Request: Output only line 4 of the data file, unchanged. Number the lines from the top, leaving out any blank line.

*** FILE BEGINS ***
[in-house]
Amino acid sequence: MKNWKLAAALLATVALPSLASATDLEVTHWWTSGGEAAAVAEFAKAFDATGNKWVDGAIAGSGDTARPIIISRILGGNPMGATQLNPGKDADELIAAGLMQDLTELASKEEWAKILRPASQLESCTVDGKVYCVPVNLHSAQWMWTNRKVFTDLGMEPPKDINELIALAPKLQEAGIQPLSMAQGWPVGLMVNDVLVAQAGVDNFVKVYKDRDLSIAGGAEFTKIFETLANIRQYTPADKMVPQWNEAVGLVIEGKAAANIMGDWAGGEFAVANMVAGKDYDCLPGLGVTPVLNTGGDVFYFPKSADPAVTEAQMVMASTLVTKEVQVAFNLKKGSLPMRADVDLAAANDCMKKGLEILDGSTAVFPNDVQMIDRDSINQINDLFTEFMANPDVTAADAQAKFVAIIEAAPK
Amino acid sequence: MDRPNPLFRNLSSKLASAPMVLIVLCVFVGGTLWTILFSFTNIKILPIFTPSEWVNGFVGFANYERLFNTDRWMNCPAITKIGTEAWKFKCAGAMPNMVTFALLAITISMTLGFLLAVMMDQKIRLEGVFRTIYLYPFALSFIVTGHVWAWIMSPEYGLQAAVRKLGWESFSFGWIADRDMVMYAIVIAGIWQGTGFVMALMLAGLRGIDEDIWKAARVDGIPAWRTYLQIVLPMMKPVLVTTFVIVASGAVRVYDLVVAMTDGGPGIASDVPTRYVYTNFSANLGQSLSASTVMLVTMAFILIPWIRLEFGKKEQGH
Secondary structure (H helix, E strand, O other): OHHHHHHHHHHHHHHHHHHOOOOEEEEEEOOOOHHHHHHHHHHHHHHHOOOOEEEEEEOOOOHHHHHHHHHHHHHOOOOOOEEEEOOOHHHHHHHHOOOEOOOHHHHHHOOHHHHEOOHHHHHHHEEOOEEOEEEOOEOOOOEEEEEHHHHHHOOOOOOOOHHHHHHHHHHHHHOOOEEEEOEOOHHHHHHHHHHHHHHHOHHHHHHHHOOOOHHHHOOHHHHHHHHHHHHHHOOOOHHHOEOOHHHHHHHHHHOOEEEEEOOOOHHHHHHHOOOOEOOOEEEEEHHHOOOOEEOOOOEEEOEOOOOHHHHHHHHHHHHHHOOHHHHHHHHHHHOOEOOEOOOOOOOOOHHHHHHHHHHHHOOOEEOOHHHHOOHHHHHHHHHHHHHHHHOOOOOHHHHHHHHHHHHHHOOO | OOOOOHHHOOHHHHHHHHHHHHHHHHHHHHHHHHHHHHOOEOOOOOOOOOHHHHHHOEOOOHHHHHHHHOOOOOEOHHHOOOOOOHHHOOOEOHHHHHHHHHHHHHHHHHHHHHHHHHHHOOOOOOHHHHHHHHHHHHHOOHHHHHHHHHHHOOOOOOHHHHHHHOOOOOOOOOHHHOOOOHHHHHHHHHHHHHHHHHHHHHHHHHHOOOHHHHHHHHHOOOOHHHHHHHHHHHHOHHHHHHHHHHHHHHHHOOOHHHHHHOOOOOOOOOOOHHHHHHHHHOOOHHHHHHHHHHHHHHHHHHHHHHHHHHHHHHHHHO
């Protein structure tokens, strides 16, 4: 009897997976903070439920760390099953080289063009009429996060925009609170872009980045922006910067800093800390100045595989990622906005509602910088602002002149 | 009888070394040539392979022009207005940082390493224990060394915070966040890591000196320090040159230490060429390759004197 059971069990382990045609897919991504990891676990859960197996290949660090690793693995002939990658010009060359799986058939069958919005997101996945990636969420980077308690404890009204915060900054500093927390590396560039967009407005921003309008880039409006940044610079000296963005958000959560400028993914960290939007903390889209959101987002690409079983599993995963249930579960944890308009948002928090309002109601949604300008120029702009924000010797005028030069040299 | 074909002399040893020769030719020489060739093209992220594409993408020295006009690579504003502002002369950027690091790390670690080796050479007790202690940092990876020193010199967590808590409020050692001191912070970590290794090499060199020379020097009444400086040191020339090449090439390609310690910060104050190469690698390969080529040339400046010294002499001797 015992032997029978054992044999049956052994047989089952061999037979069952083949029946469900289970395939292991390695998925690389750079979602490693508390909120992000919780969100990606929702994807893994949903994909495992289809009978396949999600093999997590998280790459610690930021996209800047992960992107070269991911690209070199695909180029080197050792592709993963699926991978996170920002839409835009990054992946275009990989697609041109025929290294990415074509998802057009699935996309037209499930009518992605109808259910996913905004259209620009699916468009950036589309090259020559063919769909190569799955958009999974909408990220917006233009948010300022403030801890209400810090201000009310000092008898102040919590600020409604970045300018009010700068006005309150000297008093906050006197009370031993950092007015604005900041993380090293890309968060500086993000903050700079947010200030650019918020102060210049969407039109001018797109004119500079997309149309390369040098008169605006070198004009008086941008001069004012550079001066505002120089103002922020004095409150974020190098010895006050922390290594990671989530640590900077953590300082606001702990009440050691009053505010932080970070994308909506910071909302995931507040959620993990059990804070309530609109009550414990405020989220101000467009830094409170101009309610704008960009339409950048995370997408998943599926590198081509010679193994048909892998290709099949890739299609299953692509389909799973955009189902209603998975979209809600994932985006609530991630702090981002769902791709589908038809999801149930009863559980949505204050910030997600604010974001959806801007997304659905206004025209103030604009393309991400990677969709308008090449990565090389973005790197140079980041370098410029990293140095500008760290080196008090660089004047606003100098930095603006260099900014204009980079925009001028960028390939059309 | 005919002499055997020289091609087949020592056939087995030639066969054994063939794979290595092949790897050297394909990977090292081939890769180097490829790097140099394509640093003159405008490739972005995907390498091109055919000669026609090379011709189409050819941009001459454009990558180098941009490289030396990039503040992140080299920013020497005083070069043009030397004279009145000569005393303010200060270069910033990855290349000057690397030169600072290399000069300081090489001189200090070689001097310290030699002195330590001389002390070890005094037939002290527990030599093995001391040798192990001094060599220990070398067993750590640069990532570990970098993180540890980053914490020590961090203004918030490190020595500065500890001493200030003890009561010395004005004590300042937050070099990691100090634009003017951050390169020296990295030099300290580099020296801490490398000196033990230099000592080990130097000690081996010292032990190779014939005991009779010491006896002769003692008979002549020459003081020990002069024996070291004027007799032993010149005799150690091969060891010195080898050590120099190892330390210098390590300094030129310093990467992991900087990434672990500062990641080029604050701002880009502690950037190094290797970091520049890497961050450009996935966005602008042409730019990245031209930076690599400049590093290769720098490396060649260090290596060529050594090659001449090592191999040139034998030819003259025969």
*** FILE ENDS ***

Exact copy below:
Secondary structure (H helix, E strand, O other): OHHHHHHHHHHHHHHHHHHOOOOEEEEEEOOOOHHHHHHHHHHHHHHHOOOOEEEEEEOOOOHHHHHHHHHHHHHOOOOOOEEEEOOOHHHHHHHHOOOEOOOHHHHHHOOHHHHEOOHHHHHHHEEOOEEOEEEOOEOOOOEEEEEHHHHHHOOOOOOOOHHHHHHHHHHHHHOOOEEEEOEOOHHHHHHHHHHHHHHHOHHHHHHHHOOOOHHHHOOHHHHHHHHHHHHHHOOOOHHHOEOOHHHHHHHHHHOOEEEEEOOOOHHHHHHHOOOOEOOOEEEEEHHHOOOOEEOOOOEEEOEOOOOHHHHHHHHHHHHHHOOHHHHHHHHHHHOOEOOEOOOOOOOOOHHHHHHHHHHHHOOOEEOOHHHHOOHHHHHHHHHHHHHHHHOOOOOHHHHHHHHHHHHHHOOO | OOOOOHHHOOHHHHHHHHHHHHHHHHHHHHHHHHHHHHOOEOOOOOOOOOHHHHHHOEOOOHHHHHHHHOOOOOEOHHHOOOOOOHHHOOOEOHHHHHHHHHHHHHHHHHHHHHHHHHHHOOOOOOHHHHHHHHHHHHHOOHHHHHHHHHHHOOOOOOHHHHHHHOOOOOOOOOHHHOOOOHHHHHHHHHHHHHHHHHHHHHHHHHHOOOHHHHHHHHHOOOOHHHHHHHHHHHHOHHHHHHHHHHHHHHHHOOOHHHHHHOOOOOOOOOOOHHHHHHHHHOOOHHHHHHHHHHHHHHHHHHHHHHHHHHHHHHHHHO